#148: Build back bigger

Embracer Group may be too big to fail, but is it really that well set up for success?

There’s a line in a song called Constructive Summer, by one of my favourite bands, The Hold Steady:

“Let this be my annual reminder that we can all be something bigger.”

I’ve listened to that song hundreds of times over the years, and typically sing along to every word. (The Hold Steady do that to you.) But I always get that line wrong. I always end it with “something better” instead of “something bigger”. Better is better than bigger, no? And making something bigger does not automatically make it better. So if we have a north star here it should be better, not bigger. Right? Yes? Good.

I wonder whether Lars Wingefors agrees with that. The CEO of Embracer Group has been on an enormous shopping spree in the last couple of years, acquiring developers, publishers and IP catalogues left and right. Throughout, I have wondered just what Wingefors’ goal is in all this. With each acquisition, the company gets bigger; new shares are issued, and the proceeds from their sale are used to fund the next big deal. But is that it? Is this just about a concentration of wealth and power? Or is Embracer trying to use its ever-increasing size to make games, and the game industry, better?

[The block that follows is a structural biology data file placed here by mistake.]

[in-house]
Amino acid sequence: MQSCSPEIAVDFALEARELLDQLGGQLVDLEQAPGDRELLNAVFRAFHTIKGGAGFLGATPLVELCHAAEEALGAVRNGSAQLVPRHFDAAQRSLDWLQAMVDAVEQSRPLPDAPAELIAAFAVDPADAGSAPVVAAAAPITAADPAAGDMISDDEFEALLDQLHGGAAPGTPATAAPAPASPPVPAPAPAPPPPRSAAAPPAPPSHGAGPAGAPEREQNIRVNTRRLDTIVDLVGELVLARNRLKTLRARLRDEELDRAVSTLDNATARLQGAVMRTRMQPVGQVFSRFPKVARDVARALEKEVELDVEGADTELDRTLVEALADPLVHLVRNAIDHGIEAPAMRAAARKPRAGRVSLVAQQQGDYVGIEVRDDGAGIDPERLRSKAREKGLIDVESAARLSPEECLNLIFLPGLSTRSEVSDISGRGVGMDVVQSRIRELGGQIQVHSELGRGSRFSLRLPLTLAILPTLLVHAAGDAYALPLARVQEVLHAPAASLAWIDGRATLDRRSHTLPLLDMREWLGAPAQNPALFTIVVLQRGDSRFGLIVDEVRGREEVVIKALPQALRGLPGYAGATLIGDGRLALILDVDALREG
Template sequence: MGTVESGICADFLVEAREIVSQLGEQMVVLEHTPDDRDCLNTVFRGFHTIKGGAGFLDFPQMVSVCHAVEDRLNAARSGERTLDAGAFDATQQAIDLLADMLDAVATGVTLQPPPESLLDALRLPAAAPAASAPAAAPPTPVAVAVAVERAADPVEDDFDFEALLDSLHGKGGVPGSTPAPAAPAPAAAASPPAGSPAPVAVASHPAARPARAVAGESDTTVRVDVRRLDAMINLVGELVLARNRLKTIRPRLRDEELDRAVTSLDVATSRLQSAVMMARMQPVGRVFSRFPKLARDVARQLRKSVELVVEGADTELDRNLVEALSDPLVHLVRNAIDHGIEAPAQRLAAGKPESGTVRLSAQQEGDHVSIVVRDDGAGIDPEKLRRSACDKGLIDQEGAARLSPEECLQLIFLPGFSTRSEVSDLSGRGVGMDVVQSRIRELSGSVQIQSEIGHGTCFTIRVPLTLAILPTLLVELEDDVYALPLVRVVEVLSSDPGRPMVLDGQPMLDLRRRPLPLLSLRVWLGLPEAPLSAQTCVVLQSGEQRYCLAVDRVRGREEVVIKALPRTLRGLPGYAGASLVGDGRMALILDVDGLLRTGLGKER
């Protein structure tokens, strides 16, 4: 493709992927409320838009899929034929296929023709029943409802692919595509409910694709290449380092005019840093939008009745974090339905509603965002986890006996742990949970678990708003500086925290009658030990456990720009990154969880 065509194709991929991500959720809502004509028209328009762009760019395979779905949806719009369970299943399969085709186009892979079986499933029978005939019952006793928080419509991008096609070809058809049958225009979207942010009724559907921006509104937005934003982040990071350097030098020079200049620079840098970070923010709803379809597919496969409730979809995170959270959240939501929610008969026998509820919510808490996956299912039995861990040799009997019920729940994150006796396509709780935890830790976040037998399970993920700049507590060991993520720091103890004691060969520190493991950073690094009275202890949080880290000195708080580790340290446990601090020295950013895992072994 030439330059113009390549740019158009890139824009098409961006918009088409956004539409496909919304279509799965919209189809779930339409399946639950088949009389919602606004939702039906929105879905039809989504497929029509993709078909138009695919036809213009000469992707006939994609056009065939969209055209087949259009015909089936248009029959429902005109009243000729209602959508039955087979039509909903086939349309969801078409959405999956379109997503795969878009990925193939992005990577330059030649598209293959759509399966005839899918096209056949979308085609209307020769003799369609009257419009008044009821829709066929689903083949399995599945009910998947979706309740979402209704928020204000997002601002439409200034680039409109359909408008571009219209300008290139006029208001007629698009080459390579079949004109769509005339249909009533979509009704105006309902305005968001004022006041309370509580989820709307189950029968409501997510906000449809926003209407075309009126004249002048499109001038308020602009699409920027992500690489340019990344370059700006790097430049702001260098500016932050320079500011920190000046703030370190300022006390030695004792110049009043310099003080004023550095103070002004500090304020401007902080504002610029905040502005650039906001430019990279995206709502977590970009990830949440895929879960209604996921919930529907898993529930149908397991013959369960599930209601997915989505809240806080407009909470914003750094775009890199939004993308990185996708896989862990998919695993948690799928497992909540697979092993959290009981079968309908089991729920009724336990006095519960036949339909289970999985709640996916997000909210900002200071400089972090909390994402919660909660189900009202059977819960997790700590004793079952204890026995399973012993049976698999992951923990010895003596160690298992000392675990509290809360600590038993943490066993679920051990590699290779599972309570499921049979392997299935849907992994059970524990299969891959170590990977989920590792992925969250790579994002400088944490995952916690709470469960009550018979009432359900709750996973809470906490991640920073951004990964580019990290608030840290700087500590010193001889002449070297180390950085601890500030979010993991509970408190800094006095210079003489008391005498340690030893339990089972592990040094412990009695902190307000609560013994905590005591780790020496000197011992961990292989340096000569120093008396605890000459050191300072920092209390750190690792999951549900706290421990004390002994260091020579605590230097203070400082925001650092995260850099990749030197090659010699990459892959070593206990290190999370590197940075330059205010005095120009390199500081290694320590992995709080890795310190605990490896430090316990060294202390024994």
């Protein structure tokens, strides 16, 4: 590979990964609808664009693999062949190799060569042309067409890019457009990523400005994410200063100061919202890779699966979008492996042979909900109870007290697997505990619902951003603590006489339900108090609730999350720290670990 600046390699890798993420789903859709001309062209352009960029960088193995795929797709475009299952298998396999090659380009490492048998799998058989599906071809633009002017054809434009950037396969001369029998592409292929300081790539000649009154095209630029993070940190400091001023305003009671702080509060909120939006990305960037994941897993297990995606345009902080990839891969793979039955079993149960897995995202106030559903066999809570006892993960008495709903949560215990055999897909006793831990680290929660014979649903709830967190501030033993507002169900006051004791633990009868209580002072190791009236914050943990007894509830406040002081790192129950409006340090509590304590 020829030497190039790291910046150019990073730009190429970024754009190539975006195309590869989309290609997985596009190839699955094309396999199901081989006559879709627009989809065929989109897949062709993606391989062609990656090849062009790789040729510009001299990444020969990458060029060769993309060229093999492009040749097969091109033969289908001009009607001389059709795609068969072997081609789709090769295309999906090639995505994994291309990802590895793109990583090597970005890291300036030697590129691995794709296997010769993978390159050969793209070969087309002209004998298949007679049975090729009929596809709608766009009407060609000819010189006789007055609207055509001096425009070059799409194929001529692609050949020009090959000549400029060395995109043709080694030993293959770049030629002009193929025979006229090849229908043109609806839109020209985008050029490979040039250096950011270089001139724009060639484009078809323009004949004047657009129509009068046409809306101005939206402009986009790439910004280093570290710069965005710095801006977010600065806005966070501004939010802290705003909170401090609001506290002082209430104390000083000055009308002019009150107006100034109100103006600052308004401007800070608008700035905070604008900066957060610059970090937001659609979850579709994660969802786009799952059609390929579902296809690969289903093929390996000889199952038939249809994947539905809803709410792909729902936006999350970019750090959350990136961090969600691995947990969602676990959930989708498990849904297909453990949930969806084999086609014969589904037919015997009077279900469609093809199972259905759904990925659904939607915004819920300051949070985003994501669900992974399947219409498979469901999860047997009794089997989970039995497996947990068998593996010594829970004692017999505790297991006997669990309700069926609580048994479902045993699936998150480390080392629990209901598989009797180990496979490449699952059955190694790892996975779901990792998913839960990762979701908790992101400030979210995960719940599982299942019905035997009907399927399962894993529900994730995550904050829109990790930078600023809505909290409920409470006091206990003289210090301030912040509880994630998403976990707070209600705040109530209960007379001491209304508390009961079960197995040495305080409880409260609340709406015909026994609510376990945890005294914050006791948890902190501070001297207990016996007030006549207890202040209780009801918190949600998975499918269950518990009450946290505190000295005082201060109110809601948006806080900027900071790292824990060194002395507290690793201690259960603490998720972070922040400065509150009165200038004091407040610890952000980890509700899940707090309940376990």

I have never quite been able to work that out. And Embracer’s 2,000 word strategic mission is no real help, if I’m honest. I’ve been conscious for a while that the only time we ever hear Embracer’s name is when it’s acquired some new studio, or a fresh batch of renowned IP. We do not really associate it with actual, well, you know. Videogames.

Until, that is, Saints Row came along. Developed by Volition and published by Deep Silver — whose parent company Plaion (née Koch Media) was acquired by Embracer (when it was still THQ Nordic, god this is confusing) back in 2018 — Saints Row represented the first high-profile test of Embracer as a videogame business, rather than an ever-growing holding company. It has not, I think it fair to say, passed that test with flying colours. The PS5 version has a Metacritic average of 62, and a user score of 3.0 (though you can, and always should, ignore the latter).

This week Wingefors has admitted as much, telling attendees of Embracer’s AGM he was disappointed with Saints Row’s launch. “Personally, I had hoped for a greater reception to the game,” he sobbed. “It’s been very polarising. There are a lot of things that could be said in detail around it, but I’m [on] one hand happy to see lots of gamers and fans happy. At the same time I’m a bit sad to also see fans not happy, so it’s difficult.

“On the financial side, I know, or I’m confident, we will make money on the investment. Would it have as great a return on investment as we have seen in many other games? Not very likely, but we will make money, and that’s a very good starting point at least.”